‘Aaron’s Law’ back in Congress to bring “long overdue” fix of US hacking law

Aaron Swartz, courtesy of Sage Ross, Wikimedia CommonsMore than 2 years after US Rep. Zoe Lofgren (D.-Calif.) proposed legislation that would dial back the ferocity of the charges used against internet activist Aaron Swartz, “Aaron’s Law” has resurfaced in Congress, with bipartisan support.

Swartz killed himself in January 2013 while facing a laundry list of charges: computer intrusion, fraud, and data theft.

The 24-year-old programmer, a Harvard University researcher at the school’s Center for Ethics, was charged with gaining unauthorized access to MIT’s network (not Harvard’s) to download 4.8 million academic articles from not-for-profit, subscription-based academic journal archive JSTOR, in contravention of his entitlement, with the aim of republishing them without restriction.

The charges stemmed from the Computer Fraud and Abuse Act (CFAA) – a law that rights groups call “infamously problematic“: a vague, blunt instrument that prosecutors have used broadly to go after behaviours they don’t like, rather than those that actually cause harm.

The charges against Swartz carried a maximum of 35 years in prison, restitution and forfeiture, and a fine of $1 million.

Rep. Lofgren said in a statement that the CFAA is “long overdue” for an overhaul:

At its very core, CFAA is an anti-hacking law. Unfortunately, over time we have seen prosecutors broadening the intent of the act, handing out inordinately severe criminal penalties for less-than-serious violations. It's time we reformed this law to better focus on truly malicious hackers and bad actors, and away from common computer and internet activities. 

The proposed overhaul of the CFAA would keep prosecutors from using it to go after things like violating terms of service or the sharing of academic articles.

Rep. Lofgren is backing the House version of Aaron’s Law, while Sens. Ron Wyden (D-Ore.) and Rand Paul (R-Ky.) are supporting the Senate’s companion bill. Cosponsors of the legislation also include US Reps. Jim Sensenbrenner (R-Wis.), Mike Doyle (D-Pa.), Dan Lipinski (D-Ill.), Jared Polis (D-Colo.), and Beto O’Rourke (D-Texas).

As Lofgren and Wyden said in a Wired article when Aaron’s Law was first introduced in 2013, as it’s currently written, the CFAA makes it a federal crime to access a computer without authorization or in a way that exceeds authorization.

But Congress never clearly described what that actually means and as a result, the legislators pointed out, “prosecutors can take the view that a person who violates a website’s terms of service or employer agreement should face jail time.”

The potential outcomes are preposterous, they said, and could, at least in theory, be used against kids signing on to Facebook by lying about their age, or against people checking personal email on a work computer.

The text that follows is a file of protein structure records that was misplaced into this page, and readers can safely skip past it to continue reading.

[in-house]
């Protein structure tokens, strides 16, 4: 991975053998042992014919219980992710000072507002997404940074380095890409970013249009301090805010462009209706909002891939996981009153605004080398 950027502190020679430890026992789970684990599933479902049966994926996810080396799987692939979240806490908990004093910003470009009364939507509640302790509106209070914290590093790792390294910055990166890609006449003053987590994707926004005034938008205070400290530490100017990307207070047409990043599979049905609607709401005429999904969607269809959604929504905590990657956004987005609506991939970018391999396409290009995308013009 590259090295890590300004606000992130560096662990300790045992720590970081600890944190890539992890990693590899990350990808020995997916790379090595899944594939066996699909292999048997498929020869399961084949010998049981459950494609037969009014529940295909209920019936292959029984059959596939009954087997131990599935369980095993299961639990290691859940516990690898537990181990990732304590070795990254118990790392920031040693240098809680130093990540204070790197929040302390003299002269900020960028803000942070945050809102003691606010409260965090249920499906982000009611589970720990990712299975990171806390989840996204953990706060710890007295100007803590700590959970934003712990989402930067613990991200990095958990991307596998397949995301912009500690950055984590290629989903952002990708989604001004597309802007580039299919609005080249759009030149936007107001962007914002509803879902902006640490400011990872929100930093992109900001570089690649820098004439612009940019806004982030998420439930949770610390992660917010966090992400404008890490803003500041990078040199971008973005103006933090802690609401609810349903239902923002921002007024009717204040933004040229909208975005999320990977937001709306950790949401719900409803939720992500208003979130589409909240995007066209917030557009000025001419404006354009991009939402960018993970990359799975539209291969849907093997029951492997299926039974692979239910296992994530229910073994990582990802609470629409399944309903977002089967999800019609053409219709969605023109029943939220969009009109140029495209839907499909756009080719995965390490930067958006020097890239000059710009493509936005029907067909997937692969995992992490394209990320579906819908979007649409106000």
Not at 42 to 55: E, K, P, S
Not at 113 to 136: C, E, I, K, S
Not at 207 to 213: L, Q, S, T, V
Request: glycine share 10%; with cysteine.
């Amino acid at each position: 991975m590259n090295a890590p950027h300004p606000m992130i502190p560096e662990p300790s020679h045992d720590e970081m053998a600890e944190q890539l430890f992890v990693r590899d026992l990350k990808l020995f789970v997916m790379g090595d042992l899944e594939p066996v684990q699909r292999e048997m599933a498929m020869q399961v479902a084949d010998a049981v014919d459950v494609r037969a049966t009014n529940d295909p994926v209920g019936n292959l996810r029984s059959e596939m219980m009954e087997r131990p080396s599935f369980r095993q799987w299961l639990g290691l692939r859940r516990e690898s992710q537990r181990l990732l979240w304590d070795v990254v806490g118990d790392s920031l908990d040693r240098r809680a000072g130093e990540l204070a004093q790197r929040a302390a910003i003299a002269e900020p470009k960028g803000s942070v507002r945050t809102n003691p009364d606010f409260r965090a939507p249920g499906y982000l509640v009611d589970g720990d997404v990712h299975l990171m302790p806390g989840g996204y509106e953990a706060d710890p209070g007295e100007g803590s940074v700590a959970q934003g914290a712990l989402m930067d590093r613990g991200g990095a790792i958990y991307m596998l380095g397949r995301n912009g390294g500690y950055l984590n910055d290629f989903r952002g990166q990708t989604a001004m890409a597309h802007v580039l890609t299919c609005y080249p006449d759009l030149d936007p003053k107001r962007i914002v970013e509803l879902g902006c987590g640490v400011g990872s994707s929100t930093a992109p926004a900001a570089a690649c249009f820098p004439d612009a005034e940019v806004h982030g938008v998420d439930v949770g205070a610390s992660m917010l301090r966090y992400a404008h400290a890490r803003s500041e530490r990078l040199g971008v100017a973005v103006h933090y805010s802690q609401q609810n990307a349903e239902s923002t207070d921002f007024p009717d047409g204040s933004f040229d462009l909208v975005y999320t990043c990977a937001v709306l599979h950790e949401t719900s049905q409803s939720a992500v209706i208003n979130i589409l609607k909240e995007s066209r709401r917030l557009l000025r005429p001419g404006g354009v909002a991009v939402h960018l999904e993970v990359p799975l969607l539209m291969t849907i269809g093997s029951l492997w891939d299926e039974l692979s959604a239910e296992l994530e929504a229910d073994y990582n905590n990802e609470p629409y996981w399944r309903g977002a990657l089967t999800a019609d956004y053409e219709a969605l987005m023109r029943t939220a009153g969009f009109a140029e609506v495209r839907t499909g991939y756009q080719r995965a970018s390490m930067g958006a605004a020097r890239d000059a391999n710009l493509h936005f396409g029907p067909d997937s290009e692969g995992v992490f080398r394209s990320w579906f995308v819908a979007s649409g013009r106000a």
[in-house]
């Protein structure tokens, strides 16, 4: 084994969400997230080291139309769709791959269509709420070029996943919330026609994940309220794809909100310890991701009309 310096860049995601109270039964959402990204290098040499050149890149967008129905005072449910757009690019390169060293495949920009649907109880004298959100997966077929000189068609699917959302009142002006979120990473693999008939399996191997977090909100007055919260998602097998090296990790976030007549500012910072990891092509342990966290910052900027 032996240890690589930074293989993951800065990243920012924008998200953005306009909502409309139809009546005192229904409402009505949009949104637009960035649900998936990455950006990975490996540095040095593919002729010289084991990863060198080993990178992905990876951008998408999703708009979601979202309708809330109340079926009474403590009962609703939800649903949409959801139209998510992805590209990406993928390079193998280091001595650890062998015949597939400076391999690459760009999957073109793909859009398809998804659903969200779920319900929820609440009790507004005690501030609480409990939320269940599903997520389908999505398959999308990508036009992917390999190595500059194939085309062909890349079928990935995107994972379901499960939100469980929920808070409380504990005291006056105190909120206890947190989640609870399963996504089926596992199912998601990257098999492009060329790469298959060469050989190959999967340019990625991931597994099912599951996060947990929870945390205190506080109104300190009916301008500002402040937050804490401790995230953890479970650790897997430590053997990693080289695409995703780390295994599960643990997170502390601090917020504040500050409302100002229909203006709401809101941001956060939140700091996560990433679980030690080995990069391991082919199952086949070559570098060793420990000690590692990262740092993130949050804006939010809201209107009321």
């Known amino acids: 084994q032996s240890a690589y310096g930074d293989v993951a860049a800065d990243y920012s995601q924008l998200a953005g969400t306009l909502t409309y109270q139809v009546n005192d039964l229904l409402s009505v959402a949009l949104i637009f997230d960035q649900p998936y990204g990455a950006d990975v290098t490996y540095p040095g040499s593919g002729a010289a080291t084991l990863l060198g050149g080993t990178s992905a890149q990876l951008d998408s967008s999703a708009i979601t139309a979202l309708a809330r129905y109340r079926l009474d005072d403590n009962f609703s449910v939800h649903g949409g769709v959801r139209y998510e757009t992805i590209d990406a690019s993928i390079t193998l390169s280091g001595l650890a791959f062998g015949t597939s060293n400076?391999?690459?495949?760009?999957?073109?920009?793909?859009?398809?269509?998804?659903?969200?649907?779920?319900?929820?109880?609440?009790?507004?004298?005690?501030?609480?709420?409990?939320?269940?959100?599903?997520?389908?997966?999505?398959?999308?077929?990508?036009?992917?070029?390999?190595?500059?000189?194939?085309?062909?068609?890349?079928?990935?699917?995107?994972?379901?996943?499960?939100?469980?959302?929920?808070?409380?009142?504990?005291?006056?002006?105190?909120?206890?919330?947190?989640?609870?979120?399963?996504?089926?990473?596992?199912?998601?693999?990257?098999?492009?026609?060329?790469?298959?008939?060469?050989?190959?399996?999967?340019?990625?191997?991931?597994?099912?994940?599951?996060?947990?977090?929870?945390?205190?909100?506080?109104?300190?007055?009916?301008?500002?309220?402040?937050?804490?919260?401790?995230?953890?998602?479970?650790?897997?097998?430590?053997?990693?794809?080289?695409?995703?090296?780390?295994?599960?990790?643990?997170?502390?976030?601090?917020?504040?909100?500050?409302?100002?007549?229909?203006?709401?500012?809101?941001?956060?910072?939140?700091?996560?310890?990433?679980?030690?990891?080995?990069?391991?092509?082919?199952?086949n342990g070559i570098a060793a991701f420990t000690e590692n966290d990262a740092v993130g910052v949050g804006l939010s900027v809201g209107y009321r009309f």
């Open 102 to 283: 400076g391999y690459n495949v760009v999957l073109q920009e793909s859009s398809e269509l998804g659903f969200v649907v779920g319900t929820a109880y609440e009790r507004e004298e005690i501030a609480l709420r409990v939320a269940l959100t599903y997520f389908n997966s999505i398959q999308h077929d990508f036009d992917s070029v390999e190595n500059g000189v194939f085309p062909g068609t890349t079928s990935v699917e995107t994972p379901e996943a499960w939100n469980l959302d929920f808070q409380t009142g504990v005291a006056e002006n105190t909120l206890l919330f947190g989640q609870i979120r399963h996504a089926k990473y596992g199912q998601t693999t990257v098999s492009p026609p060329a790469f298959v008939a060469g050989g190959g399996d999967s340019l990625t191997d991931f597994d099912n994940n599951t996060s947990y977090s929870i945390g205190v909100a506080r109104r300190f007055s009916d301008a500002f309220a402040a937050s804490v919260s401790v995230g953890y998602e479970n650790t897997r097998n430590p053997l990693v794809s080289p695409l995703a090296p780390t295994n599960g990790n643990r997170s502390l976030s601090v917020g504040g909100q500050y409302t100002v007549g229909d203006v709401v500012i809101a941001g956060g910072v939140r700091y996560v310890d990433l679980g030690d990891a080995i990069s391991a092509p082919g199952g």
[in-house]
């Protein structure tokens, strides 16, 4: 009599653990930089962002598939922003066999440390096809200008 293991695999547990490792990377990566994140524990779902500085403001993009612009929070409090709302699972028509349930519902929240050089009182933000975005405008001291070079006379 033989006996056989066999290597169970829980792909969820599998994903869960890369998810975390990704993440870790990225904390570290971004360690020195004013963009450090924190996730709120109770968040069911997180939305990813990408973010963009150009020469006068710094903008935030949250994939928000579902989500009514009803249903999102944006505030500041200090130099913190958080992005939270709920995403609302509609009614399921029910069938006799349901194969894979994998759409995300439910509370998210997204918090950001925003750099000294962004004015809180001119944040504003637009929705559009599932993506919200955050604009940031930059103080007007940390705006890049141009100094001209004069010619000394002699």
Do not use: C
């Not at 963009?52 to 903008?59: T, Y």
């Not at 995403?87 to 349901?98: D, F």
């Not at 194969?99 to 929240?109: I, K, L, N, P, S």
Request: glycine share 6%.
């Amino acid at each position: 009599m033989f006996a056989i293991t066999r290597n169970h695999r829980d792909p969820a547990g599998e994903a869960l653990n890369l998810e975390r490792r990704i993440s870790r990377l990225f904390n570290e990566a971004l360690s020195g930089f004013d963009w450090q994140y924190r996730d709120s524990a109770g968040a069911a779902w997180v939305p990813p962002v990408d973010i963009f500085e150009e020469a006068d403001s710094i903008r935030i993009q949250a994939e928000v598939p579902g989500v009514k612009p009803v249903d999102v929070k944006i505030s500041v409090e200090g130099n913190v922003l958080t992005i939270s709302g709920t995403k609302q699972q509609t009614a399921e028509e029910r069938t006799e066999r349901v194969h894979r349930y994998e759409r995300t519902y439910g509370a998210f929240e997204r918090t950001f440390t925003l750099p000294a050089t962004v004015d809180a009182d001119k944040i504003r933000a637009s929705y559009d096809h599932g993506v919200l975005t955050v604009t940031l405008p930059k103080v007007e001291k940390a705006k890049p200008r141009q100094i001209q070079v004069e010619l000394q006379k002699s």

Under the current CFAA: felony violations. Under the proposed Aaron’s Law: not felony violations.

Instead, the proposed legislation would refocus the CFAA on what it was originally written to address: truly malicious computer attacks, including phishing, malware injection, keyloggers and denial of service attacks.

In a statement, Wyden brought up the government’s hypocrisy when it comes to unauthorised access, referencing a CIA report in which the agency acknowledged that it had spied on the Senate:

Violating a smartphone app’s terms of service or sharing academic articles should not be punished more harshly than a government agency hacking into Senate files. The CFAA is so inconsistently and capriciously applied it results in misguided, heavy-handed prosecution. Aaron’s Law would curb this abuse while still preserving the tools needed to prosecute malicious attacks.

These are the ways that Aaron’s Law would tackle fundamental problems in the CFAA:

  • Breaches of terms of service, employment agreements, or contracts would no longer be automatic violations of the CFAA. The particularly problematic lack of definition of “access without authorisation” in the CFAA would be addressed by defining it as gaining unauthorised access to information by circumventing technological or physical controls – such as password requirements, encryption or locked office doors.
  • Aaron’s Law would remove a redundant provision that allows individuals to be punished multiple times through duplicate charges for the same violation.
  • The CFAA’s tiered penalties have given prosecutors wide discretion to ratchet up the severity of penalties, leaving little room for non-felony charges (i.e., those carrying less than a year in prison). Aaron’s Law would prevent this by disallowing stacking of multiple charges under the CFAA, including state law equivalents or non-criminal violations.

Here’s the text of the bill, and here’s a section-by-section summary.

For a while, this bill looked like it was doomed to wither on the vine as Congress refused to take it up, reportedly afflicted by disinterest and concerns that it went too far in de-fanging the CFAA.

Thank heavens it somehow has struggled to the surface once again.

The CFAA has been broken too long.

Overhaul is overdue.

Image of Aaron Swartz from Sage Ross, Wikimedia Commons